Climate change affects us all, but the situation is dire for women and children in vulnerable areas. Three women from Tangulbei in Baringo County share their stories on how the drought had put their lives on the edge and how the Gender Responsive Alternatives to Climate Change Project has progressively transformed their lives. The three survivors represent how climate change has impacted communities negatively.
Tangulbei is situated in Tiaty, Baringo County; the area is categorized as an Arid and Semi-arid land (ASALs) by the National Government. ASAL regions receive minimal rainfall and are usually associated with low development indicators. The inhabitants of Tangulbei are majorly pastoralists, with a few practicing small-scale farming, though with challenges due to the failing rainfalls.
Coming from a pastoralist community that always depended on livestock for a livelihood, Chepokulumong, Longoria, and Salina struggled to provide for their families. The drought never spared their livestock; many died, while the remaining few were sold off at a loss. Their situation was and is further complicated by the insecurity that is being experienced in the county. The area occasionally faces insecurity due to banditry attacks associated with cattle rustling and boundary conflicts.
Limited resources like water and pasture often find communities in this region at loggerheads with neighbouring communities. Currently, an ongoing security operation seeks to bring peace to the area. We happened to have experienced what these women go through due to insecurity as we had to cancel our day two of documentation due to a bandit attack at a market about 10 km away from where we were.
The Gender Responsive Alternatives to Climate Change Project came in handy for them as it helped improve their livelihoods. They have benefitted greatly from being educated on new farming methods like agroecology, transforming them into Agro pastoralists. They have also been educated on their rights and to advocate for services from duty bearers. They are also engaged in income-generating initiatives through Village Savings and Loans Associations (VSLA), spearheaded by the project. Through these initiatives, their lives have been improved.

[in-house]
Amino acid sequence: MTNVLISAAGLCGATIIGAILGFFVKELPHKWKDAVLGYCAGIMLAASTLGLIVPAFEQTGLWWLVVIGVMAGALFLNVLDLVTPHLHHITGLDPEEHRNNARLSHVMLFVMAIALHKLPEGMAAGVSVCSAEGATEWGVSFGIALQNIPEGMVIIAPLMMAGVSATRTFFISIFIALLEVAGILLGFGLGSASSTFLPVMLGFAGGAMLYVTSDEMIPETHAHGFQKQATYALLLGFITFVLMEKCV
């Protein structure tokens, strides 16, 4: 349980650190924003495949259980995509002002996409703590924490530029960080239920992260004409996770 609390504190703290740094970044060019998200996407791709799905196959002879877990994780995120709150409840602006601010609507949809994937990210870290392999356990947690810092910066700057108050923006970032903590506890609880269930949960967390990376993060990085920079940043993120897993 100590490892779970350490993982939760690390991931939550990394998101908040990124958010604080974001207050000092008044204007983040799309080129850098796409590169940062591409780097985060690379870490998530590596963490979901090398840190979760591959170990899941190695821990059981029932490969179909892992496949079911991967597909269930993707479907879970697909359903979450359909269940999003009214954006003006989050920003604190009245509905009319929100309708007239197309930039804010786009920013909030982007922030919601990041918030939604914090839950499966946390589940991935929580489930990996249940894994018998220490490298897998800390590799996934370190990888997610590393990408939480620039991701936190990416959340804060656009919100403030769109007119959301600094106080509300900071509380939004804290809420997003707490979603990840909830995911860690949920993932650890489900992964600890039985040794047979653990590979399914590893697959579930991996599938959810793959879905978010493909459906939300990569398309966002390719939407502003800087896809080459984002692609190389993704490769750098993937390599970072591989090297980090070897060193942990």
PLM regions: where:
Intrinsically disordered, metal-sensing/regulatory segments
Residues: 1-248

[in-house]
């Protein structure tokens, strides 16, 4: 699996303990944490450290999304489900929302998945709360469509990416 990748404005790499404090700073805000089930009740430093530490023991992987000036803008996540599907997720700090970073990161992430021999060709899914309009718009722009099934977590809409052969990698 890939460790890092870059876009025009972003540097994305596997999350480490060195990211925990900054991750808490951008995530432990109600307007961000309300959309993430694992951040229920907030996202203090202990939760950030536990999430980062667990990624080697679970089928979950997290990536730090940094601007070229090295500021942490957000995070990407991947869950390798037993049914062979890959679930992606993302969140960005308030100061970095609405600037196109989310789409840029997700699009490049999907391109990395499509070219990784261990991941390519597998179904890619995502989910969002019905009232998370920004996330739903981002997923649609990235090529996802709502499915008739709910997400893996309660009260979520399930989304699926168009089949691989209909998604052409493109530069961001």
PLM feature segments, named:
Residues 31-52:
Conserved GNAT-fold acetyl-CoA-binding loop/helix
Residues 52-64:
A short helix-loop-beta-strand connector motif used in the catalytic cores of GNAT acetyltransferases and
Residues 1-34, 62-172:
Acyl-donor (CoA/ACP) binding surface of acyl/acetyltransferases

“The drought has affected us in a big way. I struggled to provide for my family, but an exchange programme to Isiolo organized by ActionAid exposed me to practices that changed my life for good. During our visit, we saw how other pastoralist communities bettered their lives by practicing new farming methods and village loans and savings associations. After the visit and the skills, I acquired after training, I started practicing new farming methods by growing indigenous vegetables. I can now sustain myself by selling vegetables for an income which I use to buy other food items. I also started a village loan and saving association group together with other women, where I save profit from my small business. Through the savings, I have been able to get a loan that I used to pay school fees for my child.’’ Chepokulumong Daniel
“I previously depended on livestock for a livelihood, but we lost most of the animals due to drought. This has left us poor. With the education on new farming methods, I now practice small-scale farming that enables me to grow food for consumption and sell extra for an income. The project has also educated me on my rights as a woman and can stand against violence” Longoria Lokipunah
“Life was very hard over here due to the drought and insecurity; we always live in fear. We struggle to feed our families, but the ActionAid project opened my eyes. They taught me how to easily better my life and that of my Family. I do manual jobs in people’s homes, and with an education in saving, I now work hard and save money in my local Village Savings and Loans Association (VSLA). The village and loans associations have enabled me to borrow and repay. The borrowed money has allowed me to return my daughter to school. She had dropped out of school and got married but was still struggling where she had been married. Once I got the money, I went and brought her back home and ensured she went back to school.” Salina Kakuko
The Gender Responsive Alternatives for Adoption to Climate Change project has played a critical role in strengthening women’s resilience-building capacity, supporting women-led protection mechanisms, modelling community climate-resilient livelihood systems and engaging duty bearers, including the County Government of Baringo and the national government.
The project is Funded by the Department of Foreign and Trade Australia (DFAT) Gender Action Platform and implemented by ActionAid Kenya in partnership with ActionAid Australia.
Author: Ezra Kiriago, Communications Coordinator. ActionAid Kenya